ALBANY, N.Y. -- The governor is finding out that, in politics, something as simple as a 25-cent cup of milk can turn sour fast.
Just last summer, Democratic Gov. Andrew Cuomo was hailed as a hero for stepping in with a state subsidy to prevent a price hike to 50 cents for the popular cups of white and chocolate milk at the New York State Fair's beloved Milk Bar, which for generations has been a shrine to the state's dairy industry complete with life-size people sculpted in butter.
But only half of the expected subsidy came through, and the nonprofit that's been operating the Milk Bar on the Syracuse fairgrounds for 64 years announced it's pulling out and putting the blame squarely on Cuomo, saying it will only consider returning "if Cuomo is no longer governor."
"Our group will lie dormant for the next 24 months to see if there is a change of administration in 2019," Gary Raiti, president of New York State Dairy Exhibits Inc., told the group's members in a recent letter.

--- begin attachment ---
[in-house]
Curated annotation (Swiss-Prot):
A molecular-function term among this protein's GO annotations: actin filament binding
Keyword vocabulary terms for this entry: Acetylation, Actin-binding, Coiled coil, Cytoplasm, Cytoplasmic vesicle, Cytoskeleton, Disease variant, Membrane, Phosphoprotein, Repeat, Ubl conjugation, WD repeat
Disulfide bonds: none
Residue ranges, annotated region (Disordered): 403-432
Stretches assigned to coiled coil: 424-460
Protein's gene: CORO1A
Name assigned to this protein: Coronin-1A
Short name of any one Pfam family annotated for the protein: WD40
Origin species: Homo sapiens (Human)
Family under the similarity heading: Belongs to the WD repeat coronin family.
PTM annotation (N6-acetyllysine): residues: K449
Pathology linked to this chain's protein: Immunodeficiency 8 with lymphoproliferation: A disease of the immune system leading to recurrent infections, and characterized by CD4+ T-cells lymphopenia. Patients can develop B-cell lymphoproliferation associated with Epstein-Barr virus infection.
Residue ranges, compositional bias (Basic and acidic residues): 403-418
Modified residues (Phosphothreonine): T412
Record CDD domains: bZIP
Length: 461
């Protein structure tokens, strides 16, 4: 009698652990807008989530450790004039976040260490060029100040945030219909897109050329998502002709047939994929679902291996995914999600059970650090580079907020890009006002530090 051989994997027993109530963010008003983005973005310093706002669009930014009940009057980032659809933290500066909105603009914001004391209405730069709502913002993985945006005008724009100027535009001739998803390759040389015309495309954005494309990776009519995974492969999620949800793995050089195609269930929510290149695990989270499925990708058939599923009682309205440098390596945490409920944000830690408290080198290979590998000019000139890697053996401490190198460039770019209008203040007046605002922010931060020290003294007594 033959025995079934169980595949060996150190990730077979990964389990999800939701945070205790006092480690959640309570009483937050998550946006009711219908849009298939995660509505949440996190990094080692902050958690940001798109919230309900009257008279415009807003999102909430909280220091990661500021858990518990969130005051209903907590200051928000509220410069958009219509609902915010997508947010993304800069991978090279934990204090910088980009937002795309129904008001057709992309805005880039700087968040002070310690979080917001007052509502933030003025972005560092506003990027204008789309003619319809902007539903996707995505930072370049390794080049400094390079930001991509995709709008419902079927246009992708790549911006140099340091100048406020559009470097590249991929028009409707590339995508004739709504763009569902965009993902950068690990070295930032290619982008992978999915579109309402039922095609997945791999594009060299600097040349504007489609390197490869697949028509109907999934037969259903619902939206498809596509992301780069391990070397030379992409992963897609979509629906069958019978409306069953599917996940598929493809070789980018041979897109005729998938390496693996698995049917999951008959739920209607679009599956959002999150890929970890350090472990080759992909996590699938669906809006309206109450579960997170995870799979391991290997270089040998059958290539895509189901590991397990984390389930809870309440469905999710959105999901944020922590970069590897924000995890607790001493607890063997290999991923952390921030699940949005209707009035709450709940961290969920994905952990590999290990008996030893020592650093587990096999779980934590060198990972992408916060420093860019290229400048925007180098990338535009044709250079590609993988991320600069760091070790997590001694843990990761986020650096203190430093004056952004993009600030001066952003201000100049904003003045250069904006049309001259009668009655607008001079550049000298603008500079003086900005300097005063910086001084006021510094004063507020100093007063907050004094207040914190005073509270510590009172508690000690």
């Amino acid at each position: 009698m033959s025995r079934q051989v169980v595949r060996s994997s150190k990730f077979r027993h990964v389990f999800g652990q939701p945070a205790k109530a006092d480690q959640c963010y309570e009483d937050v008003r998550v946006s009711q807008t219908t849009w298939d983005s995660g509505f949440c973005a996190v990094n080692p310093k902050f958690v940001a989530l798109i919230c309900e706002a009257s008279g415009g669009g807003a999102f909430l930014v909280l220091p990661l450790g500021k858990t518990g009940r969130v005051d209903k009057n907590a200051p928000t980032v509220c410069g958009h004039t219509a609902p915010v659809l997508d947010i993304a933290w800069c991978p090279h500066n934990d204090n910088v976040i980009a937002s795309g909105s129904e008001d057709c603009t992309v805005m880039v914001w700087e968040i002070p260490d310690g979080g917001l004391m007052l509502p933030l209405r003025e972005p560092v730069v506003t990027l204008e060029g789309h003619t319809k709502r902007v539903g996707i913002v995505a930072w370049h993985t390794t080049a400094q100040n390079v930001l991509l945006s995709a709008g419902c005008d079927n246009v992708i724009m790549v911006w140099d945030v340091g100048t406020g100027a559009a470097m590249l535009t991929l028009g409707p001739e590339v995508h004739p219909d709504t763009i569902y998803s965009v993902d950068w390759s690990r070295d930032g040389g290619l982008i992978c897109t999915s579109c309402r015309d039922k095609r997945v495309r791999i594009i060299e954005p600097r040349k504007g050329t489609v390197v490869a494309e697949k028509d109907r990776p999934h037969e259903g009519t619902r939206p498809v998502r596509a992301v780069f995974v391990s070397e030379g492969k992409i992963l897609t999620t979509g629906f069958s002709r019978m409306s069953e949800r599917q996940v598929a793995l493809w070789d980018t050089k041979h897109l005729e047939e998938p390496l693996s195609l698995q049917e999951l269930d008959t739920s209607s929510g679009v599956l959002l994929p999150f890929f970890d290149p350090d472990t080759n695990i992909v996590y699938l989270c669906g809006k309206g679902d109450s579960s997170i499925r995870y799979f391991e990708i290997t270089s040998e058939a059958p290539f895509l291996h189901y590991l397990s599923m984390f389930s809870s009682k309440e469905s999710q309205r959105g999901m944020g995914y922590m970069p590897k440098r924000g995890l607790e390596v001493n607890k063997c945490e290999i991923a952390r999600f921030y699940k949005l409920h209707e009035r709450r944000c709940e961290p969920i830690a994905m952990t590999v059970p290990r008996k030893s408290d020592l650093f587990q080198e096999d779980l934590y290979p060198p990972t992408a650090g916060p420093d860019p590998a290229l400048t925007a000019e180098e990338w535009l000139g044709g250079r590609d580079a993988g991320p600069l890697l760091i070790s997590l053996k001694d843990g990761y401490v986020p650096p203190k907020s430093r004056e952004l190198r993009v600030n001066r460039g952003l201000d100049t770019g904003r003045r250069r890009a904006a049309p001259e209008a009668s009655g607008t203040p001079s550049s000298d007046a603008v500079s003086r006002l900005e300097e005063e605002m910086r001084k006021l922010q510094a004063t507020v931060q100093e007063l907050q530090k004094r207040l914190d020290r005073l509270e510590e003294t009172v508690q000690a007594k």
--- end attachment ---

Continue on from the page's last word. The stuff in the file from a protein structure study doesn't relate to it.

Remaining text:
Dairy Exhibits, which has kept the 7-ounce cups of milk at 25 cents since 1983, has long said it can't pay its bills at that price.
Before the fair kicked off its 13-day end-of-summer run last year, state agriculture officials briefly approved the price hike to 50 cents.
But when public objections over the hike were raised, Cuomo nixed it and promised $90,000 to help with expenses. A fair spokesman confirmed the state provided only about half that amount by putting the dairy building's employees on the state payroll.
With the state refusing a milk price hike or larger subsidy, Raiti said his organization is severing ties with the state and selling off the dairy building's equipment.
Cuomo spokesman Richard Azzopardi didn't respond to repeated requests for comment.
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